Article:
How QATAR supports EU to overcome the economic crisis? …US$93billion investments

QATAR investing heavily in Europe as its Investments reach close to 93 billion USD. QATAR has strongly supported Europe to overcome its economic crisis and Europe still benefit from long-term investments. Despite the Eurozone financial crisis, the European Union and its member States are still important partners for Qatar, being key stakeholders in the Qatari efforts to achieve socio-economic development through economic diversification. In addition to that, the Eurozone financial crisis has allowed Qatar to become an important variable in regional stability. A recent study by al Sharq revealed that Qatar’s investments in the UK, France, Germany, Greece and Italy have amounted to 93 billion USD, including investments in Energy (LNG, Power/Electricity), Banking, Real Estate and Hospitality. The investments are concentrated largely in Western European countries, Greece and Italy in SE Europe region. A structural report by DR. THEODORE Theodoropoulos (ttheodoropoulos@power-globe.com), Author and MD of POWERGLOBE.

According to the study, the UK is Qatar’s main destination for foreign investment attracting $43.6 billion. The most prominent investments are London’s Shard Tower and Barclays Bank helping to prevent the nationalisation of the bank. Qatar has a 20 per cent share in the company that owns Heathrow airport. Qatar owns the Harrods department store, has a 20 per cent stake in Camden market and 26 per cent share in the Sainsbury stores. Qatar has become the largest supplier of liquefied natural gas to Britain. Over the last year, Britain’s imports of Qatari’s liquefied natural gas constituted 85 per cent of Britain’s imports.

Qatar Petroleum (QP) holds a large portfolio of energy investemnts across EU (mainly Briatain, Greece and Italy). QP and POWERGLOBE global energy and investment report 2015/16.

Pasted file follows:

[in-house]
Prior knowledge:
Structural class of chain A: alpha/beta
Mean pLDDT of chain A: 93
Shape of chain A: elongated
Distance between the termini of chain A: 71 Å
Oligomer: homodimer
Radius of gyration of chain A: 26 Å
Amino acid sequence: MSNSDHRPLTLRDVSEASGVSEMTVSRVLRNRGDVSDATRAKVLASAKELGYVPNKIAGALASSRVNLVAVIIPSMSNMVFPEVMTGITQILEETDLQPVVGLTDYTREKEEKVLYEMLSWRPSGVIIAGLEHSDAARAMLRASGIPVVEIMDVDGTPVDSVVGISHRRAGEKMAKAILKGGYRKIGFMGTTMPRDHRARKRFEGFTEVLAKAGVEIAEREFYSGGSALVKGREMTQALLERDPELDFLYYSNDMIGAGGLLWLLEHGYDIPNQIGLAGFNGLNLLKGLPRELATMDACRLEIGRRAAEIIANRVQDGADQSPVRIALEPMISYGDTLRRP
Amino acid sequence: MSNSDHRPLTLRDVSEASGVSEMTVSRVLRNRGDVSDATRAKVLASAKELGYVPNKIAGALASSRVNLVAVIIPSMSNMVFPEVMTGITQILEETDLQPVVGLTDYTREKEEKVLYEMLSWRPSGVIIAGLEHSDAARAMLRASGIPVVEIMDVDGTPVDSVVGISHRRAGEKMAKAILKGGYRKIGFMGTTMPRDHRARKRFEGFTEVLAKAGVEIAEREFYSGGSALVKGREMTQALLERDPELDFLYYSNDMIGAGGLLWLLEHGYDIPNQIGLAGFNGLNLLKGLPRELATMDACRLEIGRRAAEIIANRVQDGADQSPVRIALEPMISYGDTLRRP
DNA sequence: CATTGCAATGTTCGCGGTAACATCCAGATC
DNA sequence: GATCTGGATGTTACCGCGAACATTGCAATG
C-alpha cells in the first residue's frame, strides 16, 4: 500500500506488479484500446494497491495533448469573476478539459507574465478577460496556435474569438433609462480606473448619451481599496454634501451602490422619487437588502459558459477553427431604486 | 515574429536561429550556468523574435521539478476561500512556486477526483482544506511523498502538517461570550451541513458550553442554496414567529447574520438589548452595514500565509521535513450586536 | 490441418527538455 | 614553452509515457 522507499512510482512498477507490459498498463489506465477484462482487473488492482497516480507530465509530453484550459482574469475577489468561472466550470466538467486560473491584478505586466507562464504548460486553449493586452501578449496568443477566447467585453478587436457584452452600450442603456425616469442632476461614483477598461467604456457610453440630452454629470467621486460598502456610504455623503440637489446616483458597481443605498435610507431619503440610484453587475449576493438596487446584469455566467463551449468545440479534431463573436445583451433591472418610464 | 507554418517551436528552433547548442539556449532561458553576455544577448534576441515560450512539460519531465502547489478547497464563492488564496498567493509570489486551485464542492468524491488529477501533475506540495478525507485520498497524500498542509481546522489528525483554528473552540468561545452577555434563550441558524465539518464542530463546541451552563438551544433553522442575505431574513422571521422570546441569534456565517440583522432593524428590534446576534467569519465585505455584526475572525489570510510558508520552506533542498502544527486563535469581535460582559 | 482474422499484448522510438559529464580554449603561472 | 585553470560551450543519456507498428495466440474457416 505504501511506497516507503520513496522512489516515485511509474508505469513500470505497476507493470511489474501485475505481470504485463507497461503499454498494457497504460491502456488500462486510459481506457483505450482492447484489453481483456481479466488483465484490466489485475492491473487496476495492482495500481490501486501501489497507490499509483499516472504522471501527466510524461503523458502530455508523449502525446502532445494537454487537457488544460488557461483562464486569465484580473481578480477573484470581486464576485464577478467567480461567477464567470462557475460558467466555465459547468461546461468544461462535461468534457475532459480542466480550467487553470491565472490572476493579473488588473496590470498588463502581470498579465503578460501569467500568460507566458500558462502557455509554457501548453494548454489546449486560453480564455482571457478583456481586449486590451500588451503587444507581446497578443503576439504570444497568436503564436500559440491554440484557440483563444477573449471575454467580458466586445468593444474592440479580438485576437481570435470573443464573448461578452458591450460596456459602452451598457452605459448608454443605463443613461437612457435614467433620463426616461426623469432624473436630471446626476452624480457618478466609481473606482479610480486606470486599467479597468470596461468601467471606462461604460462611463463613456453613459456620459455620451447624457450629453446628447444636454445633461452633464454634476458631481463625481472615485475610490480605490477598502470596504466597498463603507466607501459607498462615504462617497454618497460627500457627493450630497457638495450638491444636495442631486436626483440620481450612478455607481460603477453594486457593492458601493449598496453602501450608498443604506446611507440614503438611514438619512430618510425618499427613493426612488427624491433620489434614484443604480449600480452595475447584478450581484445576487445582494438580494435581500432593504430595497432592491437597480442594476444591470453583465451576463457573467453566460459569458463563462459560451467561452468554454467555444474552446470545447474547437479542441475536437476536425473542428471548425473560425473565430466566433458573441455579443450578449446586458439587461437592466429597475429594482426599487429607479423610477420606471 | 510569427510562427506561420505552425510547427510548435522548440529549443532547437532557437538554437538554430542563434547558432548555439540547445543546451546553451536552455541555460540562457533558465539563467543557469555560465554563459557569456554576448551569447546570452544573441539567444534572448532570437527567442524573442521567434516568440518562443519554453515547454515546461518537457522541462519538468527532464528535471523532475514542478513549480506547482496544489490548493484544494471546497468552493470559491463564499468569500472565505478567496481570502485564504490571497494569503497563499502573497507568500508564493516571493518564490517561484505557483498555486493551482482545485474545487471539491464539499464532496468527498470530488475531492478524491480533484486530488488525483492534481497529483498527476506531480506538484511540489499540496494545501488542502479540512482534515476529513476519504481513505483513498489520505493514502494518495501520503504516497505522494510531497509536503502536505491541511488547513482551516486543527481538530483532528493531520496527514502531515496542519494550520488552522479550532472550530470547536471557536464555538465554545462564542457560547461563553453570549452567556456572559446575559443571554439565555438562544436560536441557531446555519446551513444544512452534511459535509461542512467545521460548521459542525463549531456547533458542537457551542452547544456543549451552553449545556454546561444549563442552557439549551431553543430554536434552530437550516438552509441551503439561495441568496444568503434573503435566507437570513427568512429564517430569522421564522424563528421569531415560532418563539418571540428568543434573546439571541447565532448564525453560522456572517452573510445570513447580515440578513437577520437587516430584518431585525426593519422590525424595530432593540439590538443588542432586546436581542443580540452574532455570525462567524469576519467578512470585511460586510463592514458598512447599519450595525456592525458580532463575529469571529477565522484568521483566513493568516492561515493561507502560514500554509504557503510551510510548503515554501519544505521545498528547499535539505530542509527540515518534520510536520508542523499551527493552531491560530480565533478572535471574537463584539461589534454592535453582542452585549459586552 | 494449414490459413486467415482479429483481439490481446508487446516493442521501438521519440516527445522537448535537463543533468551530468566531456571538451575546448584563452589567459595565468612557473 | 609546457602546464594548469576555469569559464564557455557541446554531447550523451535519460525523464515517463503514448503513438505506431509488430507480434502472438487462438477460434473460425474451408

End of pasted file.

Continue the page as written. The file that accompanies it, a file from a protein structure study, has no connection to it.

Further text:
South Hook LNG is the major contributors to the diversity of UK energy. The South Hook LNG Terminal is one of Europe’s largest liquefied natural gas (LNG) regasification Terminals, based in Milford Haven, Pembrokeshire, West Wales. Fully commissioned in 2010, South Hook LNG has the capacity to process 15.6 million tonnes of LNG annually, representing around 20% of the UK’s current natural gas needs. South Hook LNG Terminal cost some £1 billion to build, demonstrating the long-term commitment of its shareholders to the UK market.

Liquefied Natural Gas (LNG) is shipped from Qatar to our facility where we receive and regasify the LNG. The safe and reliable regasification of natural gas is our primary purpose. Over the last few years there has been a decline in UK Continental Shelf gas reserves, raising the importance for the UK to gain more diverse and secure supplies of energy. South Hook Gas Company Ltd, a separate entity in the UK, is responsible for the importation of LNG as Base User of the South Hook LNG Terminal; it is the Base User who is responsible for the commercial arrangements of the LNG. LNG continues to offer strong benefits to the UK; it improves our security in energy supplies.  Natural gas burns more cleanly and efficiently than other fossil fuels, with carbon emissions signiicanlty lower than coal. The Terminal holds a significant role, not just by being part of the UK’s energy infrastructure, but also by strengthening the strategic relationship between the UK and Qatar.